Stephen Chu: lying slimeball

However the energy secretary, Steven Chu, has argued that the 2007 law does not amount to a blanket ban on all incandescent bulbs. But it does require those bulbs to be more efficient. \”These standards do not ban incandescent bulbs,\” Chu told a conference call with reporters. \”You\’re still going to be able to buy halogen incandescent bulbs. They\’ll look exactly like the ones you\’re used to. They can dim. They cut out instantly. They look and feel the same.\”

Look, yes, I know, you\’ve a Nobel and I don\’t.

However, I supply the lighting industry and you don\’t.

Halogens are not the same as incandescents. The latter, the light comes from that piece of tungsten heating up in a vacuum. The former, there\’s a gas in the bulb (that\’s the halogen bit, see?) which is then heated by the tungsten wire.

Different technology. And, as you should also know, the gas in the halogens is actually mercury. The halogens themselves (EuI3, ScI3 and the like) are dopants in miniscule amounts.

The really important point about this (apart from the fact that people using more halogens is just great for me) is that that mixture of halogens and mercury costs more than the entire incandescent bulb does to manufacture.

So you\’re still insisting that people go off and use a more expensive tehnology to the detriment of their pocket books.

 

Update: And I am of course entirely confusing halogen bulbs with metal halide bulbs. Silly Timmy.

12 thoughts on “Stephen Chu: lying slimeball”

  1. If the energy saving outweighs the higher upfront cost then most consumers will make the switch anyway and no regulation is required. If the energy saving does not outweigh the higher upfront cost then the government should be thinking about why it is introducing the regulation at all.

  2. Sorry, Timmy, you’ve got that wrong. You are confusing Xenon/mercury arc lamps (seen in projectors and cars) with Halogen bulbs.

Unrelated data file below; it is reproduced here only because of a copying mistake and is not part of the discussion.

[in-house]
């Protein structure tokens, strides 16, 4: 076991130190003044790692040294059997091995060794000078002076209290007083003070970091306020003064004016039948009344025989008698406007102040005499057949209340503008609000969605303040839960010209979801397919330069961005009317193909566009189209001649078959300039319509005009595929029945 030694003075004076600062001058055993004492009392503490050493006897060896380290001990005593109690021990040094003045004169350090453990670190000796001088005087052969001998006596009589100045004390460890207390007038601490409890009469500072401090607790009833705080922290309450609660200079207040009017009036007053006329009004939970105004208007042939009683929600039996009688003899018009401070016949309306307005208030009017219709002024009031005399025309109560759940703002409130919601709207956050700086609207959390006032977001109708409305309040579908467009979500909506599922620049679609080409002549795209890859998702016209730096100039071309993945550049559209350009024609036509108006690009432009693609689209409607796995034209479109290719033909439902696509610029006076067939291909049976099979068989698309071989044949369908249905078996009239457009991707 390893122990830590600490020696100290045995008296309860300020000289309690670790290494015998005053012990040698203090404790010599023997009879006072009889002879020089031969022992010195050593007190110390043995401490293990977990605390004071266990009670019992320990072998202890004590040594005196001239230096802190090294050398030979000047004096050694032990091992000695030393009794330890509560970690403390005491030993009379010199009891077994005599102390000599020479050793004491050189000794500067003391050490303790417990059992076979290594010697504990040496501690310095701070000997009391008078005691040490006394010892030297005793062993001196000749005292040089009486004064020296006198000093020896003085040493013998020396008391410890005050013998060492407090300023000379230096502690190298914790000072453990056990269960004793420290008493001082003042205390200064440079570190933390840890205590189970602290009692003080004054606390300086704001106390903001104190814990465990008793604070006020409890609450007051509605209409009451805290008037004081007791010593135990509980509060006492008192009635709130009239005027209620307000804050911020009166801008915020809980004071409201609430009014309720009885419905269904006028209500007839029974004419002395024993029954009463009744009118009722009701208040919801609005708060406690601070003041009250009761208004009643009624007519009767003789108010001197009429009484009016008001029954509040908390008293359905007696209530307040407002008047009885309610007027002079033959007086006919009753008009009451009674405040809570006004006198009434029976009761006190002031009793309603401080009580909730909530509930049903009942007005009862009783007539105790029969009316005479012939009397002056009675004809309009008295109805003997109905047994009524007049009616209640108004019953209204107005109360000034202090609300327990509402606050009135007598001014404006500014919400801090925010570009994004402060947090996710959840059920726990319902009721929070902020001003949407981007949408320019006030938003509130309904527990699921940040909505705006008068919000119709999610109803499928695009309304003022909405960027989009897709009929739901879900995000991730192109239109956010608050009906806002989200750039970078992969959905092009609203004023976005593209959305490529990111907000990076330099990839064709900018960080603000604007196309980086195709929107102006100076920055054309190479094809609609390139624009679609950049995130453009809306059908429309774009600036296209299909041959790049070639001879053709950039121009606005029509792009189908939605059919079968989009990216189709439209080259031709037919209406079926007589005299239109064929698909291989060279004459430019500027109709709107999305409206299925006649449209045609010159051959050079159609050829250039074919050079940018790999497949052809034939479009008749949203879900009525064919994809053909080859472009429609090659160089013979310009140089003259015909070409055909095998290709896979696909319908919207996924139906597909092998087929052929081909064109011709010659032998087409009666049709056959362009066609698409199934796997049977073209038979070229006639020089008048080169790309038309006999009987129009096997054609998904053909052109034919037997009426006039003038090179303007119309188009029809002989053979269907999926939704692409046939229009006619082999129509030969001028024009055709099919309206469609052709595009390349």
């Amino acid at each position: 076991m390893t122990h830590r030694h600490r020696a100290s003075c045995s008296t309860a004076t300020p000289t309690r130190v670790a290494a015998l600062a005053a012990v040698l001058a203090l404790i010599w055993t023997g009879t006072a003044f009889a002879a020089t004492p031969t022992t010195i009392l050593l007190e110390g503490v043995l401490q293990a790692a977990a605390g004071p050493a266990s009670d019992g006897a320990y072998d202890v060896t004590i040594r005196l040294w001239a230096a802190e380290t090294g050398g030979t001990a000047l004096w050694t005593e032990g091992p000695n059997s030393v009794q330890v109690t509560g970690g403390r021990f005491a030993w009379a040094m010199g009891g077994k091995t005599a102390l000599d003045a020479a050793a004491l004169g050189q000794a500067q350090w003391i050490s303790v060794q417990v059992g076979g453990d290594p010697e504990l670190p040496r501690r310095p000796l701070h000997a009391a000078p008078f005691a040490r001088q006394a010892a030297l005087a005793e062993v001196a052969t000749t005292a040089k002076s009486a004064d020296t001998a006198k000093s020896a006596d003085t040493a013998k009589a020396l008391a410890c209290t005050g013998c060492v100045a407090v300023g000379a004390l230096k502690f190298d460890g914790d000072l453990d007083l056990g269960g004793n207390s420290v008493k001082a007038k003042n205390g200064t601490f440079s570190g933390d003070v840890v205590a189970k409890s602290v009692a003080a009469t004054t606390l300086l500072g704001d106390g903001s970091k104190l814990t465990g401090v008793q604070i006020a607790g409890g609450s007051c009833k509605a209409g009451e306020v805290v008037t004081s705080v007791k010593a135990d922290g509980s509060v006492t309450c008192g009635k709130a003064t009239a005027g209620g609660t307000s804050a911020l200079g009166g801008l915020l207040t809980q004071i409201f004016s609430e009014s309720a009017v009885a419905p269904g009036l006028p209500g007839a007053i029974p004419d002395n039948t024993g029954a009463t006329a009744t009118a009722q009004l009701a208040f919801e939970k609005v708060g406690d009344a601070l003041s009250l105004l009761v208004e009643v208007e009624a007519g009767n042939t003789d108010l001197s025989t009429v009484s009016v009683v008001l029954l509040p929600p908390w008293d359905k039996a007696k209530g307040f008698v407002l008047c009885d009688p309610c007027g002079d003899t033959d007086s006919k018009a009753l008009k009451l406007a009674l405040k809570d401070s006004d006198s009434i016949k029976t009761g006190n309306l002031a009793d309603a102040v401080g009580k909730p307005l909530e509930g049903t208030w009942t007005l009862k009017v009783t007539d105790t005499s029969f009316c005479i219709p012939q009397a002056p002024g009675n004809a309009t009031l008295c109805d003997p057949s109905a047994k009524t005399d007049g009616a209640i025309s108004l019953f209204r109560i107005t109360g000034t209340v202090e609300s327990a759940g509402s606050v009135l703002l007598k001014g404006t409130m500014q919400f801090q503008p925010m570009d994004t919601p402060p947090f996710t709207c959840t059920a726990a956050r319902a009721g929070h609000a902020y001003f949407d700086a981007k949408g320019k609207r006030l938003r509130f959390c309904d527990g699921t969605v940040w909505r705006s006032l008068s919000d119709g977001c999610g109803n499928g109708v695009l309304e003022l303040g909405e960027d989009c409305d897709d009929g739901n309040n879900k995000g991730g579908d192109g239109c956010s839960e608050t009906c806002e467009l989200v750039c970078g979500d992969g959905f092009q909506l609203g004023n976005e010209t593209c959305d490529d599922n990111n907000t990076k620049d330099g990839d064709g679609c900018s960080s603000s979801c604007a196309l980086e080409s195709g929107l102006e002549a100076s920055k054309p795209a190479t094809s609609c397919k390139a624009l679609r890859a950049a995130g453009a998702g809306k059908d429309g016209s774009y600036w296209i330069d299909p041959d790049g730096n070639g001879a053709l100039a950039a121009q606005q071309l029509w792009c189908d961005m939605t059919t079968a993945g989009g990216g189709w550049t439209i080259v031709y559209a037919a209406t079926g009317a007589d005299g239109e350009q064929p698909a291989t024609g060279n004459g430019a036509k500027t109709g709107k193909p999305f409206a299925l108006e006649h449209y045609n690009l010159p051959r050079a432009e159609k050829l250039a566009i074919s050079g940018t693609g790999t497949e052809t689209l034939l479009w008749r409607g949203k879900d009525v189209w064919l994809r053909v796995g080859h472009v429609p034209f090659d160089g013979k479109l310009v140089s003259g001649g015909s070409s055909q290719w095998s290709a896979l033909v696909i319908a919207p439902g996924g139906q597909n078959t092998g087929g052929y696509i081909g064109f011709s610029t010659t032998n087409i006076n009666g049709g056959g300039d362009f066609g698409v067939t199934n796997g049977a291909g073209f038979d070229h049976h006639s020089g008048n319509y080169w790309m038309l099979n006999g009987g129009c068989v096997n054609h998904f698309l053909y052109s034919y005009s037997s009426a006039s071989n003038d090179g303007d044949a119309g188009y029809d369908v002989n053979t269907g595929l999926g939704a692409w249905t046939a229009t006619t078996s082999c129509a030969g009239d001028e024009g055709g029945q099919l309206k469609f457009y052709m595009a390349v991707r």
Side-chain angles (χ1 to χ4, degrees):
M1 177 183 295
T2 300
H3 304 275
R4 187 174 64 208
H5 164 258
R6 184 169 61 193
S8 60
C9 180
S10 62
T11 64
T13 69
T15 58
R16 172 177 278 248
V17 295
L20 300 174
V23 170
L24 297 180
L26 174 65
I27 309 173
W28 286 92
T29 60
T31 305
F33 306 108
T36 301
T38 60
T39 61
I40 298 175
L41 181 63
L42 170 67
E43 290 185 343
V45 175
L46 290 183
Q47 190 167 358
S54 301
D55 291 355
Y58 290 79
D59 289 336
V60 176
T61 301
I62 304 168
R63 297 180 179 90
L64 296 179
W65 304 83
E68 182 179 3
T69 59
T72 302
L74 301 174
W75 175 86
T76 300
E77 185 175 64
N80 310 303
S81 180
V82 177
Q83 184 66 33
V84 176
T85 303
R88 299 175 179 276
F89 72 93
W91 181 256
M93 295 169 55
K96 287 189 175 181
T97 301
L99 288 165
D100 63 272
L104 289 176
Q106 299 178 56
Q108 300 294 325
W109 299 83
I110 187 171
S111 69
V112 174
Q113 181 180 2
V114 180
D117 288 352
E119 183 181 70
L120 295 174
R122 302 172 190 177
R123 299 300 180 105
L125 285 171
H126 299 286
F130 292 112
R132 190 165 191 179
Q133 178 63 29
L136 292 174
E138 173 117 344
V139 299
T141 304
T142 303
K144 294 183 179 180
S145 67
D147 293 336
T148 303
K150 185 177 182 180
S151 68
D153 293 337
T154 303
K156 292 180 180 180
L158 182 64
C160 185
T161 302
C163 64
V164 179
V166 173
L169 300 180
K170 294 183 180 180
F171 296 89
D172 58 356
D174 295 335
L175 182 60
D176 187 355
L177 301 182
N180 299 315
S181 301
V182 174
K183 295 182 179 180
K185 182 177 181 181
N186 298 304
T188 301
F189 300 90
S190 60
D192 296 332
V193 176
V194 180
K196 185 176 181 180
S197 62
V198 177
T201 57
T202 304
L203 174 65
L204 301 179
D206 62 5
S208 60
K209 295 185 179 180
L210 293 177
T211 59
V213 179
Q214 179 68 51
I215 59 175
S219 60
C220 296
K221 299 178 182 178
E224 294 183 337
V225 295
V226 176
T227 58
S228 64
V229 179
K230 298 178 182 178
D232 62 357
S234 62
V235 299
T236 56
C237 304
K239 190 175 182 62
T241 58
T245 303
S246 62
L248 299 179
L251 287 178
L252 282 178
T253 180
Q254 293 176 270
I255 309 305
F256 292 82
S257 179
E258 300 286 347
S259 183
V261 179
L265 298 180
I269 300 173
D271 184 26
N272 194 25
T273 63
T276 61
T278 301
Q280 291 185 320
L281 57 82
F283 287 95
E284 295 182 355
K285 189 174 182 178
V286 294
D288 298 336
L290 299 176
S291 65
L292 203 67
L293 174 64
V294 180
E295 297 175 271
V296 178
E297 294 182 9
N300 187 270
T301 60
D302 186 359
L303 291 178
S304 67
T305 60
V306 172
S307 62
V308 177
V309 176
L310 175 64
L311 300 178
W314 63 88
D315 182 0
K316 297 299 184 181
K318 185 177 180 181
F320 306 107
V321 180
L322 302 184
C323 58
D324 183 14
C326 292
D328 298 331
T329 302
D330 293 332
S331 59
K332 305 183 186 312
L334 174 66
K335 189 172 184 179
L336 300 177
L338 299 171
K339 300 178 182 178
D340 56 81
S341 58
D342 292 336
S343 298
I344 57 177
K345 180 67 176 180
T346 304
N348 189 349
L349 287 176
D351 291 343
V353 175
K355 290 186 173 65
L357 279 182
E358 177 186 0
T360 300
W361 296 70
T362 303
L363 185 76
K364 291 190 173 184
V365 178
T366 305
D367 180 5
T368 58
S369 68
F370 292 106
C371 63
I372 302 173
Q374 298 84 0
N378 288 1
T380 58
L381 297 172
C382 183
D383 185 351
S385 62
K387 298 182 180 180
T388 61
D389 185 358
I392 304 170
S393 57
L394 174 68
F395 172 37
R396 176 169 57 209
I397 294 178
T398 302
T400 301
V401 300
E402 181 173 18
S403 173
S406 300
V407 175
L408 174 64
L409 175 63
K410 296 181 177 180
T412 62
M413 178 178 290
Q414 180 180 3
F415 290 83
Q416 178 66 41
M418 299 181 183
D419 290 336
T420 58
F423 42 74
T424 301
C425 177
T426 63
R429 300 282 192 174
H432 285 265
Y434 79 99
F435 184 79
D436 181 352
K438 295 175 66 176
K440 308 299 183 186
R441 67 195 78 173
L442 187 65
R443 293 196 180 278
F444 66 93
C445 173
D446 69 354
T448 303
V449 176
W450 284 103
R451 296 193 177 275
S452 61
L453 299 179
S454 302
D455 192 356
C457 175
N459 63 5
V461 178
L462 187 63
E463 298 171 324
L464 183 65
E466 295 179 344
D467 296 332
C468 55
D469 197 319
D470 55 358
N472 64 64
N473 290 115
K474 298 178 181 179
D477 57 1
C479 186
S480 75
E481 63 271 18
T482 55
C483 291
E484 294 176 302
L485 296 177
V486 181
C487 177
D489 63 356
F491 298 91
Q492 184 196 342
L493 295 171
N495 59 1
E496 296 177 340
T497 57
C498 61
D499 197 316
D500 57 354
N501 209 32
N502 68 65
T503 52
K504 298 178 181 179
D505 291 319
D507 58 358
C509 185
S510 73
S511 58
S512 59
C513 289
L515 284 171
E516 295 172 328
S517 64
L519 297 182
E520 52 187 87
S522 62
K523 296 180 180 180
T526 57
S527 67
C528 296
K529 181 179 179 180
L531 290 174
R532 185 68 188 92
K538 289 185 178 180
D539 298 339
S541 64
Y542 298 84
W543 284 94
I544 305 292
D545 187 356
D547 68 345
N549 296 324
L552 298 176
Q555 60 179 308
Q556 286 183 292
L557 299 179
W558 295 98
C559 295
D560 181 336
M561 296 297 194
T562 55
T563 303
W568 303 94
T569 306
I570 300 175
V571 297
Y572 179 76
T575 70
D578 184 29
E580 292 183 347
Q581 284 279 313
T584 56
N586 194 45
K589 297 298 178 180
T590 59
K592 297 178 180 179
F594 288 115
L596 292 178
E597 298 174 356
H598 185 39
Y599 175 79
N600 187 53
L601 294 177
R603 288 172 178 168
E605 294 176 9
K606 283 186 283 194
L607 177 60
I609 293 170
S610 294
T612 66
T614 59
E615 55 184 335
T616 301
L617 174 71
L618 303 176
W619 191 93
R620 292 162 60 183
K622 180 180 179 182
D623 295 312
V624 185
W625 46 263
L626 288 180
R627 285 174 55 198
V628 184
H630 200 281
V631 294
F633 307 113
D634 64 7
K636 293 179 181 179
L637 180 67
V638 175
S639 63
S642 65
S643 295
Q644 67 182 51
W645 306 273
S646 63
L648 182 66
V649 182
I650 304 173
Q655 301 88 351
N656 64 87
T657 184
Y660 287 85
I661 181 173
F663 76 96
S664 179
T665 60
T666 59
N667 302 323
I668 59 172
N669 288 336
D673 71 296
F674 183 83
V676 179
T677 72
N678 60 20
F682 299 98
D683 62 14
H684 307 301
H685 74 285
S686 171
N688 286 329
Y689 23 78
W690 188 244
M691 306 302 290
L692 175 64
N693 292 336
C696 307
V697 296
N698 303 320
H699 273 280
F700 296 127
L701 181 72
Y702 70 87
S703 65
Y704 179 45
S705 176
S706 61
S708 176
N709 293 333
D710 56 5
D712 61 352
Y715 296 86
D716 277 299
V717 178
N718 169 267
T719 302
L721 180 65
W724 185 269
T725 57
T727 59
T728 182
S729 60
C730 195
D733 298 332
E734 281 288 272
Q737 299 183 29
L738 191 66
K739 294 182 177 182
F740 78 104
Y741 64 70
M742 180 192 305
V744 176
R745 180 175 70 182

The problem with Tungsten filaments is when a part of the filament is a teeny bit narrower, as happens, it’s resistance is slightly higher. This causes it to get hotter, and to vapourize slightly more quickly, which causes it to get narrower.

    In a halogen bulb, the tungsten vapour forms tungsten halide (usually bromide but can include other halogens), which decomposes in the higher temperature regions, raising the partial pressure of tungsten in the vicinity of the weakened portion of the filament, being deposited and thereby making it thicker.

    http://en.wikipedia.org/wiki/Halogen_lamp#Halogen_cycle

    The consequence of this is the filament can be (must be) run at a higher temperature, and that is what makes it more efficient while also lasting longer.

    They do not contain mercury.

    The main problem is they blow the dimmer switch when they go, so you have to use a more expensive, higher rated, dimmer.

  3. A lot of customers won’t make the switch voluntarily because they see the huge upfront cost for the new technology but it takes months to years to see an effect on your electricity bill.